Points were killed when floods swept across the Indonesian island

At least 44 people were killed after floods and landslides swept across an island in Indonesia’s easternmost province on Sunday morning, rescue officials said, adding that they expected tolls to rise.

“There are 44 people dead with nine injured” in the East Flores regency, and “many (…) are still in the mud,” National Disaster Mitigation Agency spokesman Raditya Jati told AFP.

Hours before people woke up to celebrate Easter Sunday, heavy rains released rivers on the Catholic majority Flores Island.

Clay flooded homes, while bridges and roads at the eastern end of the island were destroyed.

Rescuers are struggling to reach the remote and worst-hit area of ​​the East Flores regency due to rain and strong waves.

The number of deaths increased from 23 as previously announced by the authorities.

The number of injured is also expected to increase as the agency still receives reports from locals, Jati said.

“We are still documenting the total number of casualties,” the spokesman said, adding that extreme weather is expected to continue over the coming week.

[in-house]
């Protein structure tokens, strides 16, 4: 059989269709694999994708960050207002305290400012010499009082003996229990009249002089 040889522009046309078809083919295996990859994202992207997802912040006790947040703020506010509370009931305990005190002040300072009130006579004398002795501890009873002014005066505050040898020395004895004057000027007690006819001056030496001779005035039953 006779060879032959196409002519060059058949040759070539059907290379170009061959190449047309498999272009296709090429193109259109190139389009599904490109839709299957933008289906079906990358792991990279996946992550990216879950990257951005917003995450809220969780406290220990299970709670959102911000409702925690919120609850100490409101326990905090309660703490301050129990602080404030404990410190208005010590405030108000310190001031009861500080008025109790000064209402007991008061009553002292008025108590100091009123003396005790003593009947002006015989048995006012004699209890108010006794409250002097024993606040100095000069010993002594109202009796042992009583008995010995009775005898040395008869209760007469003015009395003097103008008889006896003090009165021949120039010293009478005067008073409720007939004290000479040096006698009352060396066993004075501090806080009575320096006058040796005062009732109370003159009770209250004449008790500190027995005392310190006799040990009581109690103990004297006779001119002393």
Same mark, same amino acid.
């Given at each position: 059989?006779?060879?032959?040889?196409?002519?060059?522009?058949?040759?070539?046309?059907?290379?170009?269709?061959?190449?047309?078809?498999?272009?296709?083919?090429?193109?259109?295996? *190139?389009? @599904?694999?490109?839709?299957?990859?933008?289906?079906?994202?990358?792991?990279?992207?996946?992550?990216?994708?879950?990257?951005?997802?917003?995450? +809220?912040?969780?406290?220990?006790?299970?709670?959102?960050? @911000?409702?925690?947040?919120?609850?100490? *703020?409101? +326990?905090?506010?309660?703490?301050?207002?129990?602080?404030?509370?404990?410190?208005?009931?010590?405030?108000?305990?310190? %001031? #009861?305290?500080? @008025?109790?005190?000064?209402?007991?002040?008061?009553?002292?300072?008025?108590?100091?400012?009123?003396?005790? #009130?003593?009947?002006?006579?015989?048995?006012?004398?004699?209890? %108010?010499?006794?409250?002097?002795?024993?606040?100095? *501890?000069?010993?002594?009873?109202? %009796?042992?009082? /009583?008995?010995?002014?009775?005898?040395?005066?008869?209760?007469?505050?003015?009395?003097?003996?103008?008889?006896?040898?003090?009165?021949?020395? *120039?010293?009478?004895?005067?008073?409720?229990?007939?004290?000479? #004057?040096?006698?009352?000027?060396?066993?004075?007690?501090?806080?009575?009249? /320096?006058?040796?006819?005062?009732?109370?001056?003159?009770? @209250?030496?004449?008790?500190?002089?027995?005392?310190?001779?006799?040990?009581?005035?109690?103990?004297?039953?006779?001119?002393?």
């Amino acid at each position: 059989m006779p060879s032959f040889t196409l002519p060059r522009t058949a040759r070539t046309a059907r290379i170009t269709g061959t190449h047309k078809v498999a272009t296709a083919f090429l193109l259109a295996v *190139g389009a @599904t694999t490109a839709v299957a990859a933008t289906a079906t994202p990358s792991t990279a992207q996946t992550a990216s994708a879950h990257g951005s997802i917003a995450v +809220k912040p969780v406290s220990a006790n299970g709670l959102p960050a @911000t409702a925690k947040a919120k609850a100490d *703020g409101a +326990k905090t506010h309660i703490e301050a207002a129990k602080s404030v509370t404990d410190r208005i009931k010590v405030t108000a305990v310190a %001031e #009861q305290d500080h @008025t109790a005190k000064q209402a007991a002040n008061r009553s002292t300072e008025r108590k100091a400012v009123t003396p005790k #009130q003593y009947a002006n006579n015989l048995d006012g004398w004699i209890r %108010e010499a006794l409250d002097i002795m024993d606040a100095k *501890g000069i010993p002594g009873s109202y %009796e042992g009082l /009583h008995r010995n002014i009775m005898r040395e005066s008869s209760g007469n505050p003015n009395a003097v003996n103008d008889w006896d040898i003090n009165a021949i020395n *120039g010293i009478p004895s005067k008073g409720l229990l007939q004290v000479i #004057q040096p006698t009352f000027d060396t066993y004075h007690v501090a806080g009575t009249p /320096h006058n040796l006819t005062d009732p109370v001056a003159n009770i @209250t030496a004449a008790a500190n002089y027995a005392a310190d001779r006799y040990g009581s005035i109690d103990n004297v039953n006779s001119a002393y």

Separately on Sunday, major flooding also killed two people in the town of Bima in the neighboring province of West Nusa Tenggara, according to the disaster agency.

Dams in four sub-areas also flooded and nearly 10,000 houses in Bima were submerged after a nine-hour rainstorm, Jati said.

Deadly landslides and floods are common over the Indonesian archipelago during the rainy season.

In January, floods hit the Indonesian city of Sumedang in West Java, killing 40 people.

And in September last year, at least 11 people were killed in a landslide in Borneo, while a few months earlier dozens died in a similar disaster in Sulawesi.

Deforestation is often a cause of the landslide, according to environmental activists.

The country’s disaster agency has estimated that 125 million Indonesians – almost half of the country’s population – live in areas at risk of landslides.